This opinion article by Grant King was published by The Australian Financial Review on 21 June 2017.
The Finkel report into the security of electricity supply has sparked a predictable debate about the best way to bridge energy and climate policy. If further evidence were required that we need to settle this debate, it arrived with the announcement this week of further significant increases in retail electricity prices.
At its simplest, the increases in the wholesale cost of electricity have been caused by the mandated increase in renewable energy and the lack of investment in generation required to maintain reliable power supply at the lowest possible cost. Opposition to the development of fossil fuels, particularly gas, has also added to costs.
Australia’s energy resources have historically been a competitive advantage for our businesses while delivering competitively priced energy for households. However, we have put this at risk through many years of inconsistent, poorly designed and poorly implemented policies reflecting the extreme ideologies of either eliminating the use of fossil fuels or questioning the need to respond to climate change at all.
Chief Scientist Alan Finkel has attempted to call a truce through a series of comprehensive recommendations that are designed to bridge climate and energy policy.
At its core the report has recommended the establishment of an emission reduction trajectory through to 2050 and allowing the current Renewable Energy Target (RET) to lapse and be replaced by a Clean Energy Target (CET). Economic purists would argue that spreading the task of carbon reduction across the widest possible base through a carbon pricing or emissions intensity scheme would be less costly, but these alternatives have to some extent already been tried or ruled out by the current government.
With this in mind the CET is the next best alternative. Importantly, it is in principle fuel- and technology-neutral; it doesn’t attempt to pick winners, and for this reason should be supported.
However, in practice, the Finkel report does not make specific recommendations about how ambitious the emissions reduction trajectory should be other than to ensure it delivers on the government’s chosen target. The report also avoids recommending what threshold should be used to determine which generators are eligible to create certificates. Set the threshold too low and the CET will act like the RET. The detail has again been left to our politicians, who have repeatedly proven themselves incapable of bringing policy certainty to this issue.
For some there is no bridge required because they believe the goal of energy policy is solely to ensure a reliable, affordable supply of energy and any additional policies to reduce emissions unnecessarily drive electricity costs higher. Others argue that, because energy use is the major driver of climate change, energy policy should be subordinated to the goal of reducing carbon emissions, no matter the cost.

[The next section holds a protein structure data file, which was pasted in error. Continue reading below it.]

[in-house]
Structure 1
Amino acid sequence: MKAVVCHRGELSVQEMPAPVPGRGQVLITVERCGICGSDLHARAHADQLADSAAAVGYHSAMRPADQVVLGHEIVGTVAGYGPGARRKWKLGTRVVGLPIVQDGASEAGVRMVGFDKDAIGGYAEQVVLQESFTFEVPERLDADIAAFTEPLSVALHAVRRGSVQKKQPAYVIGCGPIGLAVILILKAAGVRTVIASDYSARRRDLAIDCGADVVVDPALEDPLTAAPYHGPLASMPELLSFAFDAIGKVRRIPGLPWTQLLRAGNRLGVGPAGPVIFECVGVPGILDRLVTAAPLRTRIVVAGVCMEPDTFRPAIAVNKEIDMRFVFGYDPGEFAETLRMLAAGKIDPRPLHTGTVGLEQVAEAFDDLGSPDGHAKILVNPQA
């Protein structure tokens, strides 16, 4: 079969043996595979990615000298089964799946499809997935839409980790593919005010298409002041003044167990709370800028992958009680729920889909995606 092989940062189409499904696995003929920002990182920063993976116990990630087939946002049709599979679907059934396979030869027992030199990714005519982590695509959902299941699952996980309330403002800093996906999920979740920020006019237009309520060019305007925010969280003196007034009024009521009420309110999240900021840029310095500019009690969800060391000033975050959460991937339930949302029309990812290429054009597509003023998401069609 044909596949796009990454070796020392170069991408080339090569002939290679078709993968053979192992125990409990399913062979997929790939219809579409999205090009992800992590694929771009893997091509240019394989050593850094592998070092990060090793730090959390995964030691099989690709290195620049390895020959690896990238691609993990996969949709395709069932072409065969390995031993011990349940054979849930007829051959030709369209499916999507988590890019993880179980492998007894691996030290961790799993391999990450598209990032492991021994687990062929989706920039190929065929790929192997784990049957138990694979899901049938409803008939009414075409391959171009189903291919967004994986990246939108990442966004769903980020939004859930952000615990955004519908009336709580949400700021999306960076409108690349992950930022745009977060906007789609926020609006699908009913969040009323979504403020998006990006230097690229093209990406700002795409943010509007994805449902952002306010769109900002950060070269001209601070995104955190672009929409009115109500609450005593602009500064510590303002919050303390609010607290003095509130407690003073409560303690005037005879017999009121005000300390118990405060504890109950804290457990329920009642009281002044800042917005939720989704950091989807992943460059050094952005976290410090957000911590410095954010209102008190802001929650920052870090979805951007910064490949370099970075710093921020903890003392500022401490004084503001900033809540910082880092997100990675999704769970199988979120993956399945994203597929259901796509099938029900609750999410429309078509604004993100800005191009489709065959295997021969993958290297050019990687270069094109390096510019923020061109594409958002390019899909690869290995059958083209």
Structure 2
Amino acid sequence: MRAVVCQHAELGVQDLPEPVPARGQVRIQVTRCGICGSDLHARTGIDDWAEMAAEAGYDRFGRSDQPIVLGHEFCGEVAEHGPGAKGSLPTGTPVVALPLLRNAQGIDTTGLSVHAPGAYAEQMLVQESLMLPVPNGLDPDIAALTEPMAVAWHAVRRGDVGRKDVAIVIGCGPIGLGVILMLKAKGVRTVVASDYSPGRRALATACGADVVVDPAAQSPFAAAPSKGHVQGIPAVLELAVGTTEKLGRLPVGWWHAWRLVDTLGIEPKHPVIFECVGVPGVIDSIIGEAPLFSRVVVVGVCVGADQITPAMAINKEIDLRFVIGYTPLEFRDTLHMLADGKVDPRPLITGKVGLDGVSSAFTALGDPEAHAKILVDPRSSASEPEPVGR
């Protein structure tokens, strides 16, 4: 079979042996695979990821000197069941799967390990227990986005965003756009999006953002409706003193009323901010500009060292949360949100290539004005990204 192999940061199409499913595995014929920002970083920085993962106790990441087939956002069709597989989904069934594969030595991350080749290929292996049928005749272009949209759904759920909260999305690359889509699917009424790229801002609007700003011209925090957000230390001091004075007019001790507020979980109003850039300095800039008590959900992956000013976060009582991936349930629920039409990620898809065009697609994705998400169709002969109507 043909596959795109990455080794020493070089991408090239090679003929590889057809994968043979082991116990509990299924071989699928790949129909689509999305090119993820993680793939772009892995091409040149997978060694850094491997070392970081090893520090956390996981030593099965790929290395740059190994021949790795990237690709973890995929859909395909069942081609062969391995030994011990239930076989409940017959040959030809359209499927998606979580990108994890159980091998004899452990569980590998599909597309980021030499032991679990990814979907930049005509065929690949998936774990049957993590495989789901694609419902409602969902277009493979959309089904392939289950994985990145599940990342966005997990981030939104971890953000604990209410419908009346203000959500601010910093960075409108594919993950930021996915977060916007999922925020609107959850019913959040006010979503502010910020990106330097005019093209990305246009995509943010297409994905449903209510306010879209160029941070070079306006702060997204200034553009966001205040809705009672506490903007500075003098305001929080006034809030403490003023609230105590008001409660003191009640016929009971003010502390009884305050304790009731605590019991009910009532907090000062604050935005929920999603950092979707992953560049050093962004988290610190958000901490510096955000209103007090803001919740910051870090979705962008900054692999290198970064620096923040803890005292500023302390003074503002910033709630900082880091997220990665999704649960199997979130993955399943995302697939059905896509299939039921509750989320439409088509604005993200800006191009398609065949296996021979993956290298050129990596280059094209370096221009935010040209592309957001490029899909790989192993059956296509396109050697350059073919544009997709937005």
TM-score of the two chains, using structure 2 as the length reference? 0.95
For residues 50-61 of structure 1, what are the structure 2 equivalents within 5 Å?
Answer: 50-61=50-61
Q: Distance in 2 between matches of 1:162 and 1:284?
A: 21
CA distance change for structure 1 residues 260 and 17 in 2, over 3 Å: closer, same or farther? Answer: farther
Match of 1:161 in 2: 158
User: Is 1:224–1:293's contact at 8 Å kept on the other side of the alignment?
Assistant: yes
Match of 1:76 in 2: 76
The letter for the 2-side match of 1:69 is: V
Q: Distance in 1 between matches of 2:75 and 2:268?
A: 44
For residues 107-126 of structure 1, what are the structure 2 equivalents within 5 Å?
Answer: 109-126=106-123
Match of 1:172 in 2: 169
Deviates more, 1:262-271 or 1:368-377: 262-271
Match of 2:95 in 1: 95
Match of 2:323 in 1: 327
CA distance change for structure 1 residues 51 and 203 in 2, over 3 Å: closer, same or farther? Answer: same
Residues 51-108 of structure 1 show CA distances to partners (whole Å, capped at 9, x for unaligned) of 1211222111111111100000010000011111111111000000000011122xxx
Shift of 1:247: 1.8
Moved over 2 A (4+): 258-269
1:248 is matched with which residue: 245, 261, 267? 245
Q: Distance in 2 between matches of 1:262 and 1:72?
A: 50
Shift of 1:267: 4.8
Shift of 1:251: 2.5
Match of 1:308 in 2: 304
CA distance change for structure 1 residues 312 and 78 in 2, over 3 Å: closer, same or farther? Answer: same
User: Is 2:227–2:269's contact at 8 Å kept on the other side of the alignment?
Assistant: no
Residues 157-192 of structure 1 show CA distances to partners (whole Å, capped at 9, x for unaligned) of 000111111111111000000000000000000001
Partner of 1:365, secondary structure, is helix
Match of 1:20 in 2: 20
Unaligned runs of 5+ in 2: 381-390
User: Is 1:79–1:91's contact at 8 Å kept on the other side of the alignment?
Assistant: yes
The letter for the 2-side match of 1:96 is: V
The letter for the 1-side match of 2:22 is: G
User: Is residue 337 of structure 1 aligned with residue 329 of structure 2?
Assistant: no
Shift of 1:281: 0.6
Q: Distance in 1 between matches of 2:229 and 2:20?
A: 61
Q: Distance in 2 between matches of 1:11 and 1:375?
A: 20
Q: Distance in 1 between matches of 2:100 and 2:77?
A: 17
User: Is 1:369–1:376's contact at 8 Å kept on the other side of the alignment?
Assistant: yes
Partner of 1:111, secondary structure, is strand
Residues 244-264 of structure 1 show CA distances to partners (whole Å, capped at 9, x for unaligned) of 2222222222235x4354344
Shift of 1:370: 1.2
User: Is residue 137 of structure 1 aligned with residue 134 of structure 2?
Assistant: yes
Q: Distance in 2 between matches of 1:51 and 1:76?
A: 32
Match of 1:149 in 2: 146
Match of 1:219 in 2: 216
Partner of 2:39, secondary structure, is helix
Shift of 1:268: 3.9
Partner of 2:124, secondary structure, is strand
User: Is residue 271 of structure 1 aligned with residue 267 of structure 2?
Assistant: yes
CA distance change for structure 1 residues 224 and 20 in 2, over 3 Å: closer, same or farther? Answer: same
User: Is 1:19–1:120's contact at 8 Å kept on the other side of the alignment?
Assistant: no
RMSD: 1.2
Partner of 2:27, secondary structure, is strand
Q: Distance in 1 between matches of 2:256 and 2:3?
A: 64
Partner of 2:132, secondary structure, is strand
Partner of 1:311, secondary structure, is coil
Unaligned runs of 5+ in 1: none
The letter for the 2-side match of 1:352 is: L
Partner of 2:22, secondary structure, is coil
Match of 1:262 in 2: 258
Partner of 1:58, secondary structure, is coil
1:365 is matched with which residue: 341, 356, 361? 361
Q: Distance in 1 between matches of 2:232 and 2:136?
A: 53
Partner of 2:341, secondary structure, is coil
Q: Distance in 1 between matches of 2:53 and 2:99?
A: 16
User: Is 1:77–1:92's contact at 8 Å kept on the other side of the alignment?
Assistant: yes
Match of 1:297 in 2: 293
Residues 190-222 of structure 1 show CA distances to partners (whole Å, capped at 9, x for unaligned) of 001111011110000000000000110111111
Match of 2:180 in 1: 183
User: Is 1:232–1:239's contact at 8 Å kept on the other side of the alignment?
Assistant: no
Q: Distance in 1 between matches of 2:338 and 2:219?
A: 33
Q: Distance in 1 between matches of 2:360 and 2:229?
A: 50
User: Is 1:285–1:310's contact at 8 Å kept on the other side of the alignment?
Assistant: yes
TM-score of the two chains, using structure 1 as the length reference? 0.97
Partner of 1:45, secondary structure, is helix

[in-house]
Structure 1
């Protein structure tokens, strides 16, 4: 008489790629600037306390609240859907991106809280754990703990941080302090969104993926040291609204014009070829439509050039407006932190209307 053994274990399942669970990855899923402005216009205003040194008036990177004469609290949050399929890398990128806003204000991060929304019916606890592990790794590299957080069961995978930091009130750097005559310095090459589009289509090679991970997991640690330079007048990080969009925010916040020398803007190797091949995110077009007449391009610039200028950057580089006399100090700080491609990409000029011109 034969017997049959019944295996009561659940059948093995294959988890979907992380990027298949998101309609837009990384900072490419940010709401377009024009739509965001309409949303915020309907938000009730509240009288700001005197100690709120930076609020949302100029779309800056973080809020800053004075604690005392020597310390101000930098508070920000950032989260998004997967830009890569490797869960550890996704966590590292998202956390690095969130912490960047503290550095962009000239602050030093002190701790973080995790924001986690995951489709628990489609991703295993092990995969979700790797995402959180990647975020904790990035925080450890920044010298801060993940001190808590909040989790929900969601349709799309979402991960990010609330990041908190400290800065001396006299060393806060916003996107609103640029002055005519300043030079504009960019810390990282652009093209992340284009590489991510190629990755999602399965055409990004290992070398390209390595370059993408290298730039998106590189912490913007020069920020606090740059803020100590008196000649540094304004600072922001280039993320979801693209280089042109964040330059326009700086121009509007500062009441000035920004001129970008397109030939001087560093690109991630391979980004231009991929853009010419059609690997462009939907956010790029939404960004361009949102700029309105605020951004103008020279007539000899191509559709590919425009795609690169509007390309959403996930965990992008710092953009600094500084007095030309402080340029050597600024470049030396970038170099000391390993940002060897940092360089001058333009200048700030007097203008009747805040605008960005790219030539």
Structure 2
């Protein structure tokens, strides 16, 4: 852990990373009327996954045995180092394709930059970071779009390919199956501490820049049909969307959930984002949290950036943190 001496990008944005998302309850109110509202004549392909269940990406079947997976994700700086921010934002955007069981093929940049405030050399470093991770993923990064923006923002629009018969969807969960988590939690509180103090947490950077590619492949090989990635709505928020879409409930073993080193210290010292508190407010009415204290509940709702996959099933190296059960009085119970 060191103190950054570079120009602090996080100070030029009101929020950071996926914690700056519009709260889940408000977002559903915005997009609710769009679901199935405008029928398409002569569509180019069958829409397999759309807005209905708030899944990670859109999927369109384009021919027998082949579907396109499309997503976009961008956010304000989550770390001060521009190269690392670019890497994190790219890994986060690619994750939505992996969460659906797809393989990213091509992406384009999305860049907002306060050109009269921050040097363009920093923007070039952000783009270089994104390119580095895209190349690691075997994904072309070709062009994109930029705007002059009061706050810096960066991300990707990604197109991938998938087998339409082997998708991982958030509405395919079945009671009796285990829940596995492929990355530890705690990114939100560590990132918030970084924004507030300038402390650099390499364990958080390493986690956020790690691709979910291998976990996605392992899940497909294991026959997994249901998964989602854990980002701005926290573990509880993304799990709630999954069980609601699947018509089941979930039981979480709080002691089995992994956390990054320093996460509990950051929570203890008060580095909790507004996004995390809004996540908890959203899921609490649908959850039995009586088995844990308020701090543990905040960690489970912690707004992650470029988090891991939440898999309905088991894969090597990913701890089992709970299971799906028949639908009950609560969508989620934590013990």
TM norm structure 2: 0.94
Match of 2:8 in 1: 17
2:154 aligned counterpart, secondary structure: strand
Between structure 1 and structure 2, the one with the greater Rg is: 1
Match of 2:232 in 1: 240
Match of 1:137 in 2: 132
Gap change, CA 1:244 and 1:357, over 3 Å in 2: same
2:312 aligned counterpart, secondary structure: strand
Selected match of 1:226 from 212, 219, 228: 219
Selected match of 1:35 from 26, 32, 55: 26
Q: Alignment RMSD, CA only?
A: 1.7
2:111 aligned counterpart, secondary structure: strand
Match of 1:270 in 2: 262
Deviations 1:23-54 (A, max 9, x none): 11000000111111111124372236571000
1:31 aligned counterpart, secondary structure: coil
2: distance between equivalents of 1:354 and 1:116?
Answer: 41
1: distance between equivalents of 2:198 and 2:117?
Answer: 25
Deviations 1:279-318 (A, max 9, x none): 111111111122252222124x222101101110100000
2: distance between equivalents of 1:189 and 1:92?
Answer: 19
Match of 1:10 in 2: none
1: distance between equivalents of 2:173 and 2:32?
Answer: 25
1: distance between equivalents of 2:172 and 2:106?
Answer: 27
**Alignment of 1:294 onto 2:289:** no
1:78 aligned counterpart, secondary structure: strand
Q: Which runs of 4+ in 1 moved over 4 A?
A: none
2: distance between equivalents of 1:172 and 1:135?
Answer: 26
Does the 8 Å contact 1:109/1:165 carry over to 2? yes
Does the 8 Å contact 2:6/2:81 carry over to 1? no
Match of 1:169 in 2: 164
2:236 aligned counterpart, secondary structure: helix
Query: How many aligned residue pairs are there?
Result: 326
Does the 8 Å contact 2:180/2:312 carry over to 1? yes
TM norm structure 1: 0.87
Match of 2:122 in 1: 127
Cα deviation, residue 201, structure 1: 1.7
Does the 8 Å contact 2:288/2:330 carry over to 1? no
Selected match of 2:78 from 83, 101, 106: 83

These at the extremes will not be happy with Dr Finkel’s key recommendations because they don’t seek to call a winner on this debate. Rather they recognise the practical reality that capital markets have made a call on this issue and that modest, practical and reliable progress is the way forward.
The markets believe governments, locally or globally, will ultimately require carbon emissions to be reduced. Until the mechanism is made clear, markets will factor a substantial carbon risk into investment decisions. This uncertainty is discouraging investment in generation, increasingly driving up the cost of electricity.
In Australia, this is clearly evidenced by calls for the government to build a coal-fired power station on the assumption that the private sector won’t take the carbon risk associated with that investment. If government were to finance a new coal-fired power plant, it would further frighten private investors and force taxpayers to potentially bankroll a second, third or fourth power station. Once the government starts down this road, it may not be able to stop. Every dollar spent would be money taken away from other worthwhile public investments.
Dr Finkel has passed the ball to our politicians and they have a choice: they can take the risk on carbon by building the next power station – and continue building them until such time as the price of carbon risk becomes clear – or they can clarify that risk for investors by seizing Dr Finkel’s report and committing to it for the longer term.
If our politicians can agree on this, the necessary investment in power generation will occur, resulting in a more reliable supply of electricity at lower cost than would otherwise be the case.
This is far too important for the competitiveness of Australian business, the jobs that business creates, and the cost of living to remain unresolved for solely ideological or political purposes.
The Finkel report makes clear that the big decisions are still with our politicians. It is time for them to decide the way forward.
Grant King is president of the Business Council.